N2 - Objective: A number of efforts have been conducted on travel behavior and transport fatalities at the neighborhood or street level, and they have identified different factors such as roadway characteristics, personal indicators, and design indicators related to transport safety. However, only a limited number of studies have considered the relationship between travel behavior indicators and the number of transport fatalities at the city level. Therefore, this study explores this relationship and how to fill the mentioned gap in current knowledge. Method: A generalized linear model (GLM) estimates the relationships between different travel mode indicators (e.g., length of motorway per inhabitants, number of motorcycles per inhabitant, percentage of daily trips on foot and by bicycle, percentage of daily trips by public transport) and the number of passenger transport fatalities. Because this city-level model is developed using data sets from different cities all over the world, the impacts of gross domestic product (GDP) are also included in the model. Conclusions: Overall, the results imply that the percentage of daily trips by public transport, the percentage of daily trips on foot and by bicycle, and the GDP per inhabitant have negative relationships with the number of passenger transport fatalities, whereas motorway length and the number of motorcycles have positive relationships with the number of passenger transport fatalities.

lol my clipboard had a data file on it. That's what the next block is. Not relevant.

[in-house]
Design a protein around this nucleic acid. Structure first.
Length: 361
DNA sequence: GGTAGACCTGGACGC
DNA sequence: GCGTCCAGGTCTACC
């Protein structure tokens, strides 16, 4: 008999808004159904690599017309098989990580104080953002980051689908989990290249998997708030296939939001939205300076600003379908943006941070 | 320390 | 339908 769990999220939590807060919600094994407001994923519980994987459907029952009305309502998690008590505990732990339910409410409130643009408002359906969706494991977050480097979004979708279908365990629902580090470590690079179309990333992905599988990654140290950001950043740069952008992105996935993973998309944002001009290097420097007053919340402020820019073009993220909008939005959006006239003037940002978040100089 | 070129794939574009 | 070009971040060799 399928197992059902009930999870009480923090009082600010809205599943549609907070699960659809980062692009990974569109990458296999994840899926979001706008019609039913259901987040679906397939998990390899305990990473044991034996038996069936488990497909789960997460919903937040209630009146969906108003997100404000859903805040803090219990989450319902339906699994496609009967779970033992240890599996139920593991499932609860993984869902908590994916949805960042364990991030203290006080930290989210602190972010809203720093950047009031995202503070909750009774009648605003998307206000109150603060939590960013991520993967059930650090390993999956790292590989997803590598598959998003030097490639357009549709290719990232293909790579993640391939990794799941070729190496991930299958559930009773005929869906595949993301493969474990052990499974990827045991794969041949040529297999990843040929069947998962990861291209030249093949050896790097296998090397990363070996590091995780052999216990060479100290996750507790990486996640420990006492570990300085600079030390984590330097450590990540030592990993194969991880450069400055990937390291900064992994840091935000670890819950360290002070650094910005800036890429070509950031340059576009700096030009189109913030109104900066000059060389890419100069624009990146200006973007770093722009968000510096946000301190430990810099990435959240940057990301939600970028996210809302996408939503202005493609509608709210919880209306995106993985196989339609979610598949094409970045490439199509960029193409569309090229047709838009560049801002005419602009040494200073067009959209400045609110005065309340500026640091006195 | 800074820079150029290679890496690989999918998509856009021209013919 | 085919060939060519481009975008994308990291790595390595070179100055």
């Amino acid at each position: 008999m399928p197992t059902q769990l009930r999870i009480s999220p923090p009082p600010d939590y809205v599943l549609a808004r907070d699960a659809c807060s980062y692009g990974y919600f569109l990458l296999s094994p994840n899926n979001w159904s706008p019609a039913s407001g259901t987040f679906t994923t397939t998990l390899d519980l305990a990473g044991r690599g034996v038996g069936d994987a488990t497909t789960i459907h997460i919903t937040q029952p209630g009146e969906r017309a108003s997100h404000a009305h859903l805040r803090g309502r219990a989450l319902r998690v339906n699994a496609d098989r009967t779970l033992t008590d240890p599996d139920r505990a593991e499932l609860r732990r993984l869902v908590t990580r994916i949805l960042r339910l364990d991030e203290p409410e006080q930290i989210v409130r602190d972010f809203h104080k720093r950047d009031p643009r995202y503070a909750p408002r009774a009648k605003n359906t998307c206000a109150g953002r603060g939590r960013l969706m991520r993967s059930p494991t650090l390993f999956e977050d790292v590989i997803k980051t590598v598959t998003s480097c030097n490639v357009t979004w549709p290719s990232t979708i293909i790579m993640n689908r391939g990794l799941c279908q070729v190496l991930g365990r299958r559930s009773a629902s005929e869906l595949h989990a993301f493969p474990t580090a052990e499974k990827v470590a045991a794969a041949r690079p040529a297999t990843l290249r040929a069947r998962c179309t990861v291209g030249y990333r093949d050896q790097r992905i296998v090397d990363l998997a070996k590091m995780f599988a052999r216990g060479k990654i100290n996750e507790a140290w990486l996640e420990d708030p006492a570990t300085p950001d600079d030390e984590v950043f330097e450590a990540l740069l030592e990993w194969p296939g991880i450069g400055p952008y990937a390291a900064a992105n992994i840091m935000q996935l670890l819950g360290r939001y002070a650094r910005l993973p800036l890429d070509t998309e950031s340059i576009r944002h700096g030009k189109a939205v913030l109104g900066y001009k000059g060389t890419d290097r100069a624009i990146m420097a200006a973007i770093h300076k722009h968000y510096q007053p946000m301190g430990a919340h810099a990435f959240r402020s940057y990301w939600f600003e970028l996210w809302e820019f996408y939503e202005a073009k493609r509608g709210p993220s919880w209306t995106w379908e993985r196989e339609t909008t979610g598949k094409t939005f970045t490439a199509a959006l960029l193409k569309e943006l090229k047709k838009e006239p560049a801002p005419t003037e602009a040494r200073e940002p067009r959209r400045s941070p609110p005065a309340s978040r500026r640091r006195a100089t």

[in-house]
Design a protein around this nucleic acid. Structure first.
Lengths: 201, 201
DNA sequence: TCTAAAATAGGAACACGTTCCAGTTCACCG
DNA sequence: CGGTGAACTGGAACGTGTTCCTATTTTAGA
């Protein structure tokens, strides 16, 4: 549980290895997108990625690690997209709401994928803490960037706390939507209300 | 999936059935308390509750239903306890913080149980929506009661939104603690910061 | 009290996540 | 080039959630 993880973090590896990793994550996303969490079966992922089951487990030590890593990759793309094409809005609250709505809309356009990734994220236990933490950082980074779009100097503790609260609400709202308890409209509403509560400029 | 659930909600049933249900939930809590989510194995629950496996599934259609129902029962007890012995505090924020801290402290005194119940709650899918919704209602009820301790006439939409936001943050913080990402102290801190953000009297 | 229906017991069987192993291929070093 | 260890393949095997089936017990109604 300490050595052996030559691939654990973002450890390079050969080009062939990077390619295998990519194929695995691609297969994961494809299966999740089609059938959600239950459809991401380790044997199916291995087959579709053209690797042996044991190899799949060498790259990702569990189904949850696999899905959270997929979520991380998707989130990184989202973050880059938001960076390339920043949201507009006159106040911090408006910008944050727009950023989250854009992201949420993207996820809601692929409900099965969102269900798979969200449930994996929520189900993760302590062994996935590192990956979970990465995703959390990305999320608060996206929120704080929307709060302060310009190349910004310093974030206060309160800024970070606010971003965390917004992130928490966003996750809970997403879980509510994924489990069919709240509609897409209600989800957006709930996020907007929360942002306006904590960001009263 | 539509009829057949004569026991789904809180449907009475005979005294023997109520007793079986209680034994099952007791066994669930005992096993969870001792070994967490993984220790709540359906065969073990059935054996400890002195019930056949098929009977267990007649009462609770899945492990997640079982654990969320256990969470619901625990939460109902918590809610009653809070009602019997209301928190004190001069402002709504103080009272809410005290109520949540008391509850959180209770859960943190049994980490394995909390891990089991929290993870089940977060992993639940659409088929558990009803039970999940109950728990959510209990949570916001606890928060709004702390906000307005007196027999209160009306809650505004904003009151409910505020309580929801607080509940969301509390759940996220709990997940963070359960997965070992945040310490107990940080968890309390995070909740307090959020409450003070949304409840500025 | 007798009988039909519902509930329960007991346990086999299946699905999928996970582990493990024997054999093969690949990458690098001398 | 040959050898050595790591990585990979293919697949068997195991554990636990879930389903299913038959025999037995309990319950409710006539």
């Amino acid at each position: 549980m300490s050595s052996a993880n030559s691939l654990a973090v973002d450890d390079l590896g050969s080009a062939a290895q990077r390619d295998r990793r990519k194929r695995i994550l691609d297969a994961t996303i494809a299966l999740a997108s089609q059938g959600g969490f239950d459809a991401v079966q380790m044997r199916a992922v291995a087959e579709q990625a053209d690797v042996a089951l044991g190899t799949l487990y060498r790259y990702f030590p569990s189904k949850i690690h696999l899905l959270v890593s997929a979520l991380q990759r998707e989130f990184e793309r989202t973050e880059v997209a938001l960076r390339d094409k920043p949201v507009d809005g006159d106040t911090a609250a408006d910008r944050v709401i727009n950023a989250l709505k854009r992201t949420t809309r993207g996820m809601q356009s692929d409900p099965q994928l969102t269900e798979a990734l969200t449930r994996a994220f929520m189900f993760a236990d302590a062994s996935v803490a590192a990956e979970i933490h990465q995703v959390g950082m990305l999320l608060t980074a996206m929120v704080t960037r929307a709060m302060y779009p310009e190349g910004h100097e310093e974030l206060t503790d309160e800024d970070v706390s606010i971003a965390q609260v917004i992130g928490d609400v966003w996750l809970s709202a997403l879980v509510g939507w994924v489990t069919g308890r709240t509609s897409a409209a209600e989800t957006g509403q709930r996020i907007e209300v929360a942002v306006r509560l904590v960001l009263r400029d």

AB - Objective: A number of efforts have been conducted on travel behavior and transport fatalities at the neighborhood or street level, and they have identified different factors such as roadway characteristics, personal indicators, and design indicators related to transport safety. However, only a limited number of studies have considered the relationship between travel behavior indicators and the number of transport fatalities at the city level. Therefore, this study explores this relationship and how to fill the mentioned gap in current knowledge. Method: A generalized linear model (GLM) estimates the relationships between different travel mode indicators (e.g., length of motorway per inhabitants, number of motorcycles per inhabitant, percentage of daily trips on foot and by bicycle, percentage of daily trips by public transport) and the number of passenger transport fatalities. Because this city-level model is developed using data sets from different cities all over the world, the impacts of gross domestic product (GDP) are also included in the model. Conclusions: Overall, the results imply that the percentage of daily trips by public transport, the percentage of daily trips on foot and by bicycle, and the GDP per inhabitant have negative relationships with the number of passenger transport fatalities, whereas motorway length and the number of motorcycles have positive relationships with the number of passenger transport fatalities.